A Sea of Bodies
I am living in a village built onto a rock hanging over the sea, just outside of Barcelona. I have spent most of my adult years moving from place to place, collapsing my life on a whim and then building it up again. I have often lain awake in a rented room beneath borrowed bedsheets in an unknown city, thinking about what would happen if all the transport suddenly stopped and I was unable to get home. I have a black fear of being stuck, unable to unravel the strands of my life that have led me to other places, unable to go back, to return, to recover.
The village on the rock is close to Barcelona airport. The planes usually turn around over the ocean before they land and I can see their lights through my window, as though they are about to fly right through the kitchen wall. The village is built on a railway track and trains cut endlessly through the hills like silver ribbons. There is a port below my house and masts rattle in the wind. When a friend came to visit, she said,
‘This place is perfect for you. All of the movement. It feels like a station, constant coming and going.’
When Spain declared a state of emergency, my first impulse was to get on a plane and leave because that is what I do. Cataluña demanded permission to shut off the region. Borders began to close. Planes flying from the UK were ordered to turn around mid-air. The water emptied of boats and the sky grew quiet, bruised and still. I thought of my mam in her bright, warm kitchen, waiting for me to come home.
But leaving is no longer easy. I didn’t want to travel to the airport and touch doors and seats and handles. I didn’t want to breathe in toxic air. My younger brother has a heart defect and I couldn’t stomach the thought of carrying the virus home in my body and making him ill. I felt afraid of the UK; the callous, careless government, the anxiety coiled in the streets.
During the first week of strict lockdown in Spain, life in the UK was as normal. My brother called me four times a day, worrying about his heart.
‘Don’t go to work,’ I told him, over and over. ‘Just don’t go.’ But he was afraid, of losing his job, of not having any money, of sitting at home reading the news all day, watching the death toll rise. He couldn’t get in touch with his doctor for advice, so I sent desperate messages to friends from university with whom I shared tequila shots and hangovers, now working in hospitals, risking their lives. My mam works with deaf children in their homes and schools and nurseries, and she didn’t know what to do. My stepdad works at a college, and he didn’t know what to do. My dad works in a pharmaceutical factory and lives with his frail and elderly parents and he didn’t know what to do. Being in Spain, where the virus was accelerating, felt like living at a point in the future, calling back to my family through time. I watched, powerless, as they all went to work and then to Wetherspoons. I watched Boris Johnson give speeches and felt a raw fury at his neglect of the bodies I love, his hatred of the poor and vulnerable, his refusal to protect my brother’s heart.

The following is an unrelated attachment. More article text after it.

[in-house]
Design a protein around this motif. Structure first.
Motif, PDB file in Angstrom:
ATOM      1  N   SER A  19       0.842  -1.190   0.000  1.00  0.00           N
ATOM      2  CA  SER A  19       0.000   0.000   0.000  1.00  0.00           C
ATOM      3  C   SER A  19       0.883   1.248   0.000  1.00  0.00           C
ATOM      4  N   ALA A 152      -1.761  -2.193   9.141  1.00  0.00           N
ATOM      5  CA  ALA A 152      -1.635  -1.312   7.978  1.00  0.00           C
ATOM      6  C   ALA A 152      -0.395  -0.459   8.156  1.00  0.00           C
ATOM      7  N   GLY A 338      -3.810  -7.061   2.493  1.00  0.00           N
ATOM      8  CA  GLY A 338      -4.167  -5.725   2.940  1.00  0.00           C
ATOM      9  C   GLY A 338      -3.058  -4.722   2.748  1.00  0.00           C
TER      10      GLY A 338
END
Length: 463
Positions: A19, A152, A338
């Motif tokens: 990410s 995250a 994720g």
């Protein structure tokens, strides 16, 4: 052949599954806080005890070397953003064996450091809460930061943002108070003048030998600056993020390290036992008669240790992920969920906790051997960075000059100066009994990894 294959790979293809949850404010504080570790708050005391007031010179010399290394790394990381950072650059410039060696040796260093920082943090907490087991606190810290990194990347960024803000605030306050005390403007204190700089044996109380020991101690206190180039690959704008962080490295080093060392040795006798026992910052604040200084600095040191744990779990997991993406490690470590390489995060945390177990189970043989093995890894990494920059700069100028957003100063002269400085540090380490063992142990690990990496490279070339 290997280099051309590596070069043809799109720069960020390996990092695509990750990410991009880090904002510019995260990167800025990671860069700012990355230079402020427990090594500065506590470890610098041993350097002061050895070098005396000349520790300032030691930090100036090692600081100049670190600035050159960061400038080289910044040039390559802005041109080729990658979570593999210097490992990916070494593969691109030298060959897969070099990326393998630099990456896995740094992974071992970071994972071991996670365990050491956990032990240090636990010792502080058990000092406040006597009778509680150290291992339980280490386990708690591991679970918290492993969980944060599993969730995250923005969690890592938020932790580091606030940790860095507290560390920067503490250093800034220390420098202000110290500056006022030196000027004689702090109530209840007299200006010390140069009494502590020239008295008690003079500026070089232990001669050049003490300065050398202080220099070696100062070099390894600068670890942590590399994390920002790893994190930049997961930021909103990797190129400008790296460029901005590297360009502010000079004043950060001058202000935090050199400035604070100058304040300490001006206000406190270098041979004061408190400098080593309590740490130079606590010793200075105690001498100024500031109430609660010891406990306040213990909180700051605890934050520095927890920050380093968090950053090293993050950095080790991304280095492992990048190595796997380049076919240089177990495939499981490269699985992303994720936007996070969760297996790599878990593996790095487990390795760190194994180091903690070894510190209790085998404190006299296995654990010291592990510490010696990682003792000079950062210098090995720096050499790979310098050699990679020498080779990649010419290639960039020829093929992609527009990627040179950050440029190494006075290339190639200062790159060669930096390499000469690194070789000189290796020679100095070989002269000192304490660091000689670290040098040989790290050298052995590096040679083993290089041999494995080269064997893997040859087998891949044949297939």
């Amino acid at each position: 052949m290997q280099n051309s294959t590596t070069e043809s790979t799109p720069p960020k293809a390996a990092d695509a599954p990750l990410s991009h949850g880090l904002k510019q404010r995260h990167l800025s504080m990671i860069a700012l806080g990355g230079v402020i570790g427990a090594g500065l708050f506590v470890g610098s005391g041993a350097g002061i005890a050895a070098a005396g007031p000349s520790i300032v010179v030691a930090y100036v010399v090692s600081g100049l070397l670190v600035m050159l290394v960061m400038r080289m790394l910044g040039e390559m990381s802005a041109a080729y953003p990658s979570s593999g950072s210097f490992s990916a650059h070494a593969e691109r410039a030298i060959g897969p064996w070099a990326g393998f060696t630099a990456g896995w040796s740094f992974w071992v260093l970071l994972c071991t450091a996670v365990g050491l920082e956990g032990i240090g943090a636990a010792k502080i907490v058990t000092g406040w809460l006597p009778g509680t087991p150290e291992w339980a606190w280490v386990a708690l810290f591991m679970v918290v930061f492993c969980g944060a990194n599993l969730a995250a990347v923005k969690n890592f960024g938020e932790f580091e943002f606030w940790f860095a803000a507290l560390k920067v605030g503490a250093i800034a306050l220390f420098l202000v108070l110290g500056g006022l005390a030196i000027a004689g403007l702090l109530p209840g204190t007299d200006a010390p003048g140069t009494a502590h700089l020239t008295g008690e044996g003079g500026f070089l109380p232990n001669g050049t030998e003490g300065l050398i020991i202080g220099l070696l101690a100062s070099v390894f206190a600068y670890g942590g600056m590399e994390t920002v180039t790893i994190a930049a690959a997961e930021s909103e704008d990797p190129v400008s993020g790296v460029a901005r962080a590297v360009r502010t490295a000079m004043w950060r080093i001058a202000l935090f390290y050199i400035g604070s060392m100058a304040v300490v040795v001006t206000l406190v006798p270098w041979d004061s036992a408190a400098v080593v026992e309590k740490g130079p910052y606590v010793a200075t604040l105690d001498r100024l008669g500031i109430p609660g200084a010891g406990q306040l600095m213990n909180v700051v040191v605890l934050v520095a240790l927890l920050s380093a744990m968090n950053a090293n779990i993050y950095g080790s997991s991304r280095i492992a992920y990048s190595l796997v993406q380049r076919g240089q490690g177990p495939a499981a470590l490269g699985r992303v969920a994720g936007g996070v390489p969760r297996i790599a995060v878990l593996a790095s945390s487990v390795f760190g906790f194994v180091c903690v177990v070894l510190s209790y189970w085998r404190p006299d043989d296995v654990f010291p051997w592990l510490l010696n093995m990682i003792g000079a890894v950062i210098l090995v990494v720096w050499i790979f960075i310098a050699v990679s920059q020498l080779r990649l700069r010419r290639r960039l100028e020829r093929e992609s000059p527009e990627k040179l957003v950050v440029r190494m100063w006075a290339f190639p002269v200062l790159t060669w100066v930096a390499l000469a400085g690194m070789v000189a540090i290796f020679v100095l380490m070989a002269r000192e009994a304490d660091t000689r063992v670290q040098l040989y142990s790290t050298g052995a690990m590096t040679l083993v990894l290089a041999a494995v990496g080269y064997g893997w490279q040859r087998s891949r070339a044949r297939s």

This is about bodies; how fragile and restless and vital they are. We are made to forget that we are a body in a sea of bodies, so we will keep going to work and wanting things, neglecting the animal fact of our skin. We are a sea of bodies in a world that prioritises some bodies over others, which we can see more starkly than ever, in the bodies who are suffering most. We are bodies among bodies and nobody is immune to the virus, it can live inside us all. We must remember these facts about bodies; that we all have the capacity to be vulnerable, that we hold a collective strength, that the scars which demarcate us are cut by the state.
The village on the rock is beautiful. There are cacti and flowers and shells and there is salt air. There are no planes now, no trains, no boats in the ocean licked with gold. During the day, I write, which feels like a hopeful act, a scream into an imaginary future. I watch the sea hurl and spit. I drink mint tea. I teach students in China, who have been in quarantine for eight weeks now. I ask them what they get up to and they say,
‘I don’t know. I sleep a lot.’
I read about broken health systems, unemployment, evictions, prisons, detention centres. I try not to look at the death toll, the news stories in different languages, try not to check my temperature, try not to scrub my hands until they bleed. I try not to look at pictures of emergency hospitals, the ice rink turned into a morgue. I try not to worry about my friends in Barcelona, crammed into tiny apartments, the streets patrolled by police. I try not to worry about the old man who lives next door and wears an oxygen mask. I try not to worry about my grandparents or my brother’s heart.
At night I watch for the blue flash of sirens and I walk along the port and listen to the creaking boats. I look at the fish beneath green water and the cliffs tearing holes in the sky. I remember how it is to be a body in a sea of bodies, far away from the bodies I love. I learn how it is to be still. I hold onto the lights from strangers’ balconies when they come out and clap for the health workers. I watch satellites turn over the earth and I hold onto the moon. I hold onto the stars and the streetlamps and the headlights. If I think about the dark too much then I might choke on it.
Jessica Andrews is the author of Saltwater, published by Sceptre (UK) and FSG (US).